They key to the world's most common, and deadliest, diseases is the role of glucose, the sugar in our blood, and the way it interacts with our immune cells, says a research team from Trinity College Dublin.
Glucose, known as a 'simple sugar', is derived from carbohydrates, and it's vital for energy, and cell division and growth. Although some immune cells become dysfunctional if they're starved of glucose, that's not true for dendritic cells, which are the part of our immune system that monitors our body for signs of danger. When dendritic cells are starved of glucose, they stimulate the immune system's vital players, the T lymphocytes, which directly fight cancers and inflammatory diseases such as heart problems and arthritis.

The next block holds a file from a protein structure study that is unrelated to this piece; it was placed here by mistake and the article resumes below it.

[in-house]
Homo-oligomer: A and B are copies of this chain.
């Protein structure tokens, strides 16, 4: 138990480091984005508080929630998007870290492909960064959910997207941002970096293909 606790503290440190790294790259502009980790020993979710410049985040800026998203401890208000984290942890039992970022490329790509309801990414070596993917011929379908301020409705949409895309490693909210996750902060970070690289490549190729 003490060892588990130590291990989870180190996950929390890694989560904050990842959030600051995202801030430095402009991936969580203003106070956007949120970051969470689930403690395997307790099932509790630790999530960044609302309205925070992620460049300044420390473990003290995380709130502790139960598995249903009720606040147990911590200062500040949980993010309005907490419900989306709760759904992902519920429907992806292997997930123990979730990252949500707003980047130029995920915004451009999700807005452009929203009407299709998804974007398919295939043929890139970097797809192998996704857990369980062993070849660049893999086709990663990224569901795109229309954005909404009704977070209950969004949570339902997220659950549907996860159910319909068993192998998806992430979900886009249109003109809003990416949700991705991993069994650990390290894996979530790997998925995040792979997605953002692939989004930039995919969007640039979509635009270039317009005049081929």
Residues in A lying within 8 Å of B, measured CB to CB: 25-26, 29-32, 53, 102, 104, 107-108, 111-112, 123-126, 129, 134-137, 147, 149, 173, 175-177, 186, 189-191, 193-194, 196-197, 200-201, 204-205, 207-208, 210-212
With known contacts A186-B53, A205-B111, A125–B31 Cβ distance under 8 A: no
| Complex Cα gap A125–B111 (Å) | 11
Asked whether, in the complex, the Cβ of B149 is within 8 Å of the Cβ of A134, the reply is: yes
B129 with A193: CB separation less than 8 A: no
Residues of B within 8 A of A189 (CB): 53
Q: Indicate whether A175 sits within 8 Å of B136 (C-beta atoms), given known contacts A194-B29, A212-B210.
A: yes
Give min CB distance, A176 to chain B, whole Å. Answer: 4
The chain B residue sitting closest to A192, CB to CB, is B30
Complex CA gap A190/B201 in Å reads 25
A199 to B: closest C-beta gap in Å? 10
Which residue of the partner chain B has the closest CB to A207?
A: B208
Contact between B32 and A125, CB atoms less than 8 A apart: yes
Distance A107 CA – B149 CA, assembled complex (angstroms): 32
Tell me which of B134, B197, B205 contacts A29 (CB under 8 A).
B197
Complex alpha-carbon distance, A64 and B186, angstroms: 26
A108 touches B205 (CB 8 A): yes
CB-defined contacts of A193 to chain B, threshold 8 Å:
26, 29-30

This breakthrough discovery opens the way for new therapeutic approaches to these killer diseases, the researchers say.
"The discovery that T cells and dendritic cells compete with each other for glucose offers a new and exciting insight into how glucose can regulate dendritic cell function," said lead researcher David Finlay.